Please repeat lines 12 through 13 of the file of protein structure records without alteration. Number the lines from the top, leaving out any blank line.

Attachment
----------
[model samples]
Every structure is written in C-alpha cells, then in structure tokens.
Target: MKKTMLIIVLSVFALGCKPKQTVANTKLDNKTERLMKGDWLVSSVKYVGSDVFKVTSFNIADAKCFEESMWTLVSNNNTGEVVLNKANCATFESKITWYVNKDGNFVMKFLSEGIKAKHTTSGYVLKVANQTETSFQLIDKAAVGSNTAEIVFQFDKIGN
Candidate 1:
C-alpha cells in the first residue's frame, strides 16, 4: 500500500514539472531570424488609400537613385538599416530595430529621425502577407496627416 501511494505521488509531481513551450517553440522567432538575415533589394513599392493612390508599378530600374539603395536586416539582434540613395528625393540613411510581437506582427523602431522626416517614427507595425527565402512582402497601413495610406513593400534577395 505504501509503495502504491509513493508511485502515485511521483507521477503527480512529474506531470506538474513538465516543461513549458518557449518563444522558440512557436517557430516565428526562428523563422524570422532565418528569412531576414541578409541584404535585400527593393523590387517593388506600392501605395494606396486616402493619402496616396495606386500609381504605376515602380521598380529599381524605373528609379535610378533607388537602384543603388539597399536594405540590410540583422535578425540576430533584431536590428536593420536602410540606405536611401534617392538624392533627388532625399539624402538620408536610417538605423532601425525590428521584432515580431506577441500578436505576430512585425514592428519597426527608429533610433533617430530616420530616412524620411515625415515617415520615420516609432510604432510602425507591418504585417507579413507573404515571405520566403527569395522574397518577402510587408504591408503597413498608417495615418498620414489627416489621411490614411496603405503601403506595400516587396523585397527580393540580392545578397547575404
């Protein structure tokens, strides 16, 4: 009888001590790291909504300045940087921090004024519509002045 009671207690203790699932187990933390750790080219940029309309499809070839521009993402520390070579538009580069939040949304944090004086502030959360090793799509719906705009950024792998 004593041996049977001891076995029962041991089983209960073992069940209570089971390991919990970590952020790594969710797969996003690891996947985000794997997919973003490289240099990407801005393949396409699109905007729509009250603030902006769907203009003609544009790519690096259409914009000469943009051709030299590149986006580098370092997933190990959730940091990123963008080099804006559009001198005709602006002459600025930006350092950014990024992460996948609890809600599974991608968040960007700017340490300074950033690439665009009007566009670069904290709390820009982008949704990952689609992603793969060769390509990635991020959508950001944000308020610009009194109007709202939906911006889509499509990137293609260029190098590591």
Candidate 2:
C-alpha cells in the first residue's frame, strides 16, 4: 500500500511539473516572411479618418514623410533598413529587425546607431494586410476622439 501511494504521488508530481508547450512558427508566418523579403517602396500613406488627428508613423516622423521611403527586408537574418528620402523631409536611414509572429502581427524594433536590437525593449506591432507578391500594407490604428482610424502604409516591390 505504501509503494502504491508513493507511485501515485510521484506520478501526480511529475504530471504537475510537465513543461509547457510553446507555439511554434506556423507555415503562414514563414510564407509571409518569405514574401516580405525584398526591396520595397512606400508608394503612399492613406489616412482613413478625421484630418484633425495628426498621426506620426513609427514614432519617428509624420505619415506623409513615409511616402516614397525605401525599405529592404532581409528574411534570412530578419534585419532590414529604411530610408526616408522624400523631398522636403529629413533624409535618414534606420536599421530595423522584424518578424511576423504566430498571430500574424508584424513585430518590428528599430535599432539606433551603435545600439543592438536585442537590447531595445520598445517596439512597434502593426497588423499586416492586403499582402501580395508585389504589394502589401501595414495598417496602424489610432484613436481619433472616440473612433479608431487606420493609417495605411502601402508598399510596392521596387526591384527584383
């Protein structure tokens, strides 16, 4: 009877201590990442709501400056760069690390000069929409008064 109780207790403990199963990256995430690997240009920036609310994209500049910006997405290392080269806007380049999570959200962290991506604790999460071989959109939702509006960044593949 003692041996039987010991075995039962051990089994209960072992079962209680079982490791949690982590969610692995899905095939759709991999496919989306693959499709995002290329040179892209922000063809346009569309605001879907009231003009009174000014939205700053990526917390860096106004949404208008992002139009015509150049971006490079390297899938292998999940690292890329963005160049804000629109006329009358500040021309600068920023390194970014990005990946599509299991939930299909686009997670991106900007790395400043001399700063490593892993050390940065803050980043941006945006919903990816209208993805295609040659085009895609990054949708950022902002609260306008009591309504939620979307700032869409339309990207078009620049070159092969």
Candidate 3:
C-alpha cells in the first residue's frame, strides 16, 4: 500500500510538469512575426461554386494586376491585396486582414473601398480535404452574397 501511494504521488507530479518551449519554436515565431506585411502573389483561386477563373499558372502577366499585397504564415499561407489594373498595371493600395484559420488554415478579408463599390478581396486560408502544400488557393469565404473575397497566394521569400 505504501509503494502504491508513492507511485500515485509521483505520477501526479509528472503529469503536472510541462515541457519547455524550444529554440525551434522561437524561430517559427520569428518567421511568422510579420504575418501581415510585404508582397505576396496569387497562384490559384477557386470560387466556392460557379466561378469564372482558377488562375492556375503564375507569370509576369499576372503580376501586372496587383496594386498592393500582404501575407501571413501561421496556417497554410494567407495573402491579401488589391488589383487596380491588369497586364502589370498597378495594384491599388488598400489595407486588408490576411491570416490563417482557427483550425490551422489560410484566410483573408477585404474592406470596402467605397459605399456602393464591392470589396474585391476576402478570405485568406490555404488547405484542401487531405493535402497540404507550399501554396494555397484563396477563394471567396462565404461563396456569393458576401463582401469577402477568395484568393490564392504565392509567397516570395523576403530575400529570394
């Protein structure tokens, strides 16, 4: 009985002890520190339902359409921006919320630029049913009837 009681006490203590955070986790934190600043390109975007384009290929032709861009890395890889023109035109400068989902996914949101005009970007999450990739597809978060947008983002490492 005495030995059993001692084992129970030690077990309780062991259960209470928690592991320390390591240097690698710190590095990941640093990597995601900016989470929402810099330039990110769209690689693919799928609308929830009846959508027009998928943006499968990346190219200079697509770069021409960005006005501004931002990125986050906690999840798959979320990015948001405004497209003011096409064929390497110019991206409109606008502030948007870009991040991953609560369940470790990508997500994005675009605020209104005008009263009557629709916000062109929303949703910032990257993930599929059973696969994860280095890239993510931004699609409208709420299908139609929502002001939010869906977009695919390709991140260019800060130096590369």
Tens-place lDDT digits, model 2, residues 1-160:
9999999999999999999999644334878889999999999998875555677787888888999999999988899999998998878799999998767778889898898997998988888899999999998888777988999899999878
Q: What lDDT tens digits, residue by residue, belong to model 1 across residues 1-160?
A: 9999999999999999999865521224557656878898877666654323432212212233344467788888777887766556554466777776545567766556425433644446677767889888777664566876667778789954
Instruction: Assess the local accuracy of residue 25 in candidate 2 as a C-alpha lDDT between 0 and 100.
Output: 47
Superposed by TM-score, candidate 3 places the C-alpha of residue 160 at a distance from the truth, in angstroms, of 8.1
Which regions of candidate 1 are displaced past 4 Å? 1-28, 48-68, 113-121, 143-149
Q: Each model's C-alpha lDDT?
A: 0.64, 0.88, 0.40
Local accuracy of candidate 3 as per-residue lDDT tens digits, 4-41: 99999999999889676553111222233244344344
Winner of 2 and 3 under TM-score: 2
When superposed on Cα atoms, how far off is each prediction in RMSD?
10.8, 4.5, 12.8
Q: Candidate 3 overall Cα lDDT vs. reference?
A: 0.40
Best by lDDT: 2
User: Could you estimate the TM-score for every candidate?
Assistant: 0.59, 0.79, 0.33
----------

């Protein structure tokens, strides 16, 4: 009985002890520190339902359409921006919320630029049913009837 009681006490203590955070986790934190600043390109975007384009290929032709861009890395890889023109035109400068989902996914949101005009970007999450990739597809978060947008983002490492 005495030995059993001692084992129970030690077990309780062991259960209470928690592991320390390591240097690698710190590095990941640093990597995601900016989470929402810099330039990110769209690689693919799928609308929830009846959508027009998928943006499968990346190219200079697509770069021409960005006005501004931002990125986050906690999840798959979320990015948001405004497209003011096409064929390497110019991206409109606008502030948007870009991040991953609560369940470790990508997500994005675009605020209104005008009263009557629709916000062109929303949703910032990257993930599929059973696969994860280095890239993510931004699609409208709420299908139609929502002001939010869906977009695919390709991140260019800060130096590369």
Tens-place lDDT digits, model 2, residues 1-160: